Friday, December 07, 2007
According to this press release at EurekAlert, new research indicates that calcium may be the key to why zebra mussels and quagga mussels (Dreissena polymorpha and Dreissena rostriformis bugensis) have not shown up some parts of the USA. Scientists looked at calcium concentrations from streams and rivers in the US to determine which regions had the greatest risk of mussel invasion. They found that low calcium levels meant an area was less likely to have either species. That's good news for New England, and bad news for those feeling optimistic about the Lake Mead invasion in the western USA.
The scientists surmise that this finding is due to the fact that the invasive mussels have a higher requirement for calcium than native mussel species. If you want to read more, the full article was published in the latest issue of Frontiers in Ecology and the Environment. The article abstract here. If, like me, you don't have full access to that journal, you can entertain yourself with the map that resulted from the analysis.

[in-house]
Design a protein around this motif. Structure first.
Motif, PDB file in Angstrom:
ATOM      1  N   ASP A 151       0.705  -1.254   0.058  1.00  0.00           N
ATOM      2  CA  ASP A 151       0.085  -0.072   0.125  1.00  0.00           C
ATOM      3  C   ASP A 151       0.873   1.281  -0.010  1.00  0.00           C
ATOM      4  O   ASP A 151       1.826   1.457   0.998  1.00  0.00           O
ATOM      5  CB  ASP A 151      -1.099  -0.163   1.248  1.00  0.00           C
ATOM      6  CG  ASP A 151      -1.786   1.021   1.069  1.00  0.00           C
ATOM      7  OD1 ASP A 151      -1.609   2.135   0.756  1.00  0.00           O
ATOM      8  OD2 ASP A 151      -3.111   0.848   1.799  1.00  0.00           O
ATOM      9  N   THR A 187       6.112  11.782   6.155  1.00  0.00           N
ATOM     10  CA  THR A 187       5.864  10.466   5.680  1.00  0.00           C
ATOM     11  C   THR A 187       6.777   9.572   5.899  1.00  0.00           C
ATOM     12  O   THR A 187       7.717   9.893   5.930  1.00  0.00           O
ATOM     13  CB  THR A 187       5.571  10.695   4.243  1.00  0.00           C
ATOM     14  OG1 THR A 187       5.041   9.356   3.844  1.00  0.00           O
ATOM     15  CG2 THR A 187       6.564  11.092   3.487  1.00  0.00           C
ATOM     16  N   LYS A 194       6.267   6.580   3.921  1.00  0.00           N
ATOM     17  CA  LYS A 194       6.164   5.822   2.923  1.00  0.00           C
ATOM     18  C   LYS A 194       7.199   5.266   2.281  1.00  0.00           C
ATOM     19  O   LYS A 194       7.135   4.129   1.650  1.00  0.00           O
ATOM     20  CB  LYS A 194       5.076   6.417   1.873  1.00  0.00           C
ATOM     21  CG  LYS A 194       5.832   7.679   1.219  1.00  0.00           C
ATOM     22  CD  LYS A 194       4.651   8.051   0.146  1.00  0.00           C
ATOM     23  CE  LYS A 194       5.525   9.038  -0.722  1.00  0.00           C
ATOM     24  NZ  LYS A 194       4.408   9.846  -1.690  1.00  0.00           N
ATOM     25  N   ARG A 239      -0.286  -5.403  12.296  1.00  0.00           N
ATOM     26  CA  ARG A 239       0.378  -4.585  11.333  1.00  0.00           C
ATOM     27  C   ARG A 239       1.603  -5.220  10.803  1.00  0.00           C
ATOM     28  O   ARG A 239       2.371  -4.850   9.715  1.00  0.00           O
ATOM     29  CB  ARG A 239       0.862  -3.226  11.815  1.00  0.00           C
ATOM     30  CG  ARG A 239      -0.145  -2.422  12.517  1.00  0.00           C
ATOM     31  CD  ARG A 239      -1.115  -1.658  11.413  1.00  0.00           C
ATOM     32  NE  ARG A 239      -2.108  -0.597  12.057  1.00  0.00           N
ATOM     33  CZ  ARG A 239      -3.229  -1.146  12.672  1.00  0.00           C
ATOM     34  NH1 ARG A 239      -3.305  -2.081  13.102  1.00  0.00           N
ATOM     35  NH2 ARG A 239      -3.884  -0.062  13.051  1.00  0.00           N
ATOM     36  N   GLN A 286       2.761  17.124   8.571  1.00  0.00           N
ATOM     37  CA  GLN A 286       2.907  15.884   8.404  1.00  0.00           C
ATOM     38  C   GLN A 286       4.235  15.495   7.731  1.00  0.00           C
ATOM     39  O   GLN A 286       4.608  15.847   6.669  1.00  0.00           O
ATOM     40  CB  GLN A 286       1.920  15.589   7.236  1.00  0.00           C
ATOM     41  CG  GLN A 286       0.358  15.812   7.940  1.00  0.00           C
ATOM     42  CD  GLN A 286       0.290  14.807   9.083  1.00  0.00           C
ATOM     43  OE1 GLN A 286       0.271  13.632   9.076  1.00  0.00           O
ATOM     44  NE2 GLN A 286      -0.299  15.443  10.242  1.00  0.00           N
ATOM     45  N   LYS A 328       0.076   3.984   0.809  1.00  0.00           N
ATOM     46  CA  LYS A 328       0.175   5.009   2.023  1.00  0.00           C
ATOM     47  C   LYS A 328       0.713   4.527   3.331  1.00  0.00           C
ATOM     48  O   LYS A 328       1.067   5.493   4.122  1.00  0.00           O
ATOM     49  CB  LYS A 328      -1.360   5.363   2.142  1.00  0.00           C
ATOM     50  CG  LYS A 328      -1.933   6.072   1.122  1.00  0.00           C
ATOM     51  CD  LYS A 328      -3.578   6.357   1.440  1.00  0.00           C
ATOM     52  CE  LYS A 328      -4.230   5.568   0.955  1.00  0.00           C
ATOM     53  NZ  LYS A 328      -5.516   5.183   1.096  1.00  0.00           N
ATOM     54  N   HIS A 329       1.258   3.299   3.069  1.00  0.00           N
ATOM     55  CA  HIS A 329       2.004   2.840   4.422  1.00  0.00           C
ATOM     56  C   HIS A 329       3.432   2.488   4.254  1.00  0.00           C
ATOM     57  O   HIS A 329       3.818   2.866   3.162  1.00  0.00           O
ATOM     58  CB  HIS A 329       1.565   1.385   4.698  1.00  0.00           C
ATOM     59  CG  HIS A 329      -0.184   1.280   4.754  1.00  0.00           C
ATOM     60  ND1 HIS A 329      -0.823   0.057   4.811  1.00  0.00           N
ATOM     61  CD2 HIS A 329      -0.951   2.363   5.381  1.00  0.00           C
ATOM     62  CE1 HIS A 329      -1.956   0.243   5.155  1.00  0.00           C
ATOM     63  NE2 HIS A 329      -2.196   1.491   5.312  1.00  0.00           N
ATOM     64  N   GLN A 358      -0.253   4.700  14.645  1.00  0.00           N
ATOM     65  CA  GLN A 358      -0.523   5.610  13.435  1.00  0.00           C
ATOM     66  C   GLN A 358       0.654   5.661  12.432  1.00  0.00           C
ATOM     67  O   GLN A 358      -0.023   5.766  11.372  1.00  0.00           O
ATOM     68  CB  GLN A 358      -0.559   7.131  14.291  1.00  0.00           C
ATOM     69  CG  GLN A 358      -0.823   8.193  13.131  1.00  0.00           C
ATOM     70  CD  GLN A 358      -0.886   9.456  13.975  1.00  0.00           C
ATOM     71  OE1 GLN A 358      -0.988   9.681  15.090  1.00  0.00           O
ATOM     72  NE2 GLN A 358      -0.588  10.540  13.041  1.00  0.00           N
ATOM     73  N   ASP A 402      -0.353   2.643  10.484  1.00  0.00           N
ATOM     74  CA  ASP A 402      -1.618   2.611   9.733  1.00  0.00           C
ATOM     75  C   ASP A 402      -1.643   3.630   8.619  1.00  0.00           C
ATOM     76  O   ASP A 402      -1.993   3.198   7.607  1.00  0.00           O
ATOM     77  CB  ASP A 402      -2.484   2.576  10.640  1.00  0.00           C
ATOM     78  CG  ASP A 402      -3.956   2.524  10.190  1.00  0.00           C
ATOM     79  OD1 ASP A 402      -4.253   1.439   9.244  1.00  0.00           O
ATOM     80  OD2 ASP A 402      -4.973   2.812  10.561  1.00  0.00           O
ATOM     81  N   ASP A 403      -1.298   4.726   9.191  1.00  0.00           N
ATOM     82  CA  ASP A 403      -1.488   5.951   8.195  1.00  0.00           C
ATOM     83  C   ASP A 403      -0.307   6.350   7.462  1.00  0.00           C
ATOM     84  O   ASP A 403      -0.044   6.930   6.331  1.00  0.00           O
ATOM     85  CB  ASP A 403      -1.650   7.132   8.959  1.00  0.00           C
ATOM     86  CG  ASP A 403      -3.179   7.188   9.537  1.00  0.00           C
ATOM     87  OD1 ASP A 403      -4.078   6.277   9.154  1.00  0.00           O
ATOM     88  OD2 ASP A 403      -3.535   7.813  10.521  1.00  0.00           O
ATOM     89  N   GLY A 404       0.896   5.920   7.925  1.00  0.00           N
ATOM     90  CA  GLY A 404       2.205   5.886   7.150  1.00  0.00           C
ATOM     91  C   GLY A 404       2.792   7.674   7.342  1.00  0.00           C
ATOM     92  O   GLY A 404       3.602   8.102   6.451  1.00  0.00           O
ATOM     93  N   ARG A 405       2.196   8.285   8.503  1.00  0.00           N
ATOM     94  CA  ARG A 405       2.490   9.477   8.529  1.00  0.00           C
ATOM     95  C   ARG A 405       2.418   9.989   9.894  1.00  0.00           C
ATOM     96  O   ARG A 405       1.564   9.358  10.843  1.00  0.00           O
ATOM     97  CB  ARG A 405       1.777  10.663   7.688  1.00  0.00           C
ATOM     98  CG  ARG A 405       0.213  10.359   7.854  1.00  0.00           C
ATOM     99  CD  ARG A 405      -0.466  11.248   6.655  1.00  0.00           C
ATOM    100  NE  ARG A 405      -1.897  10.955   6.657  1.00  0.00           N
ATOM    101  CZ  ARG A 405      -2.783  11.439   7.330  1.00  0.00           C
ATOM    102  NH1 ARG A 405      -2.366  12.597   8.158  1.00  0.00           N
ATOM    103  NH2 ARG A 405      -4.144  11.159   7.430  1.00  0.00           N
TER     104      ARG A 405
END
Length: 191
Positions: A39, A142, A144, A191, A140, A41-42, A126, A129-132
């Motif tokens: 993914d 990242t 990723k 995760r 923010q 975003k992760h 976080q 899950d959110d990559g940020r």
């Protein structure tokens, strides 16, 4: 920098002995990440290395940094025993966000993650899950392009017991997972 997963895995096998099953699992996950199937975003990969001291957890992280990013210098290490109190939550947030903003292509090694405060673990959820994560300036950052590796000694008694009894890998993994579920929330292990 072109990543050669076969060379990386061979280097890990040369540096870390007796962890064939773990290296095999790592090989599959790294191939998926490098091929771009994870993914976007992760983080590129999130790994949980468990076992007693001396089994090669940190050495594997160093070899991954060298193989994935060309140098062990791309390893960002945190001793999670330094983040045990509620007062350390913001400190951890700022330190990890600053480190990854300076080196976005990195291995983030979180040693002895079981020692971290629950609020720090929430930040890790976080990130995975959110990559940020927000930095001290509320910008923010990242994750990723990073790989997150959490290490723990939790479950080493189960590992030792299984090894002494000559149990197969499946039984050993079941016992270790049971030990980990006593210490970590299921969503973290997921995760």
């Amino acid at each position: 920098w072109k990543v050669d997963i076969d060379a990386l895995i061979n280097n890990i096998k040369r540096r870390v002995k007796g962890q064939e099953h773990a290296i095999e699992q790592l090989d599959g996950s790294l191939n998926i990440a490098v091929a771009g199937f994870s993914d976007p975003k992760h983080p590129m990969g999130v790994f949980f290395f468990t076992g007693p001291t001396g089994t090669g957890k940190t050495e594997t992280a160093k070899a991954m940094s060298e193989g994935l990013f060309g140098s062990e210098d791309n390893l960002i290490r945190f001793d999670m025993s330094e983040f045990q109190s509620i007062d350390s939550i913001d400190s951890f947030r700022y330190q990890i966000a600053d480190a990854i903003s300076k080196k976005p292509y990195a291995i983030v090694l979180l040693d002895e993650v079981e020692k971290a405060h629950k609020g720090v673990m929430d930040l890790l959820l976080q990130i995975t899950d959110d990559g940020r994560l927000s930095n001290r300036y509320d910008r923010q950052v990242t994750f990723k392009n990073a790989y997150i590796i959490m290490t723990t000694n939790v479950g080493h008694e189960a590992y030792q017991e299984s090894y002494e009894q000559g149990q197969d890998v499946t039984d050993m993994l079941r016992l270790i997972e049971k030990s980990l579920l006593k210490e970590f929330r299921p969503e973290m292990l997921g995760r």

Labels: mussels, quagga mussels, zebra mussels
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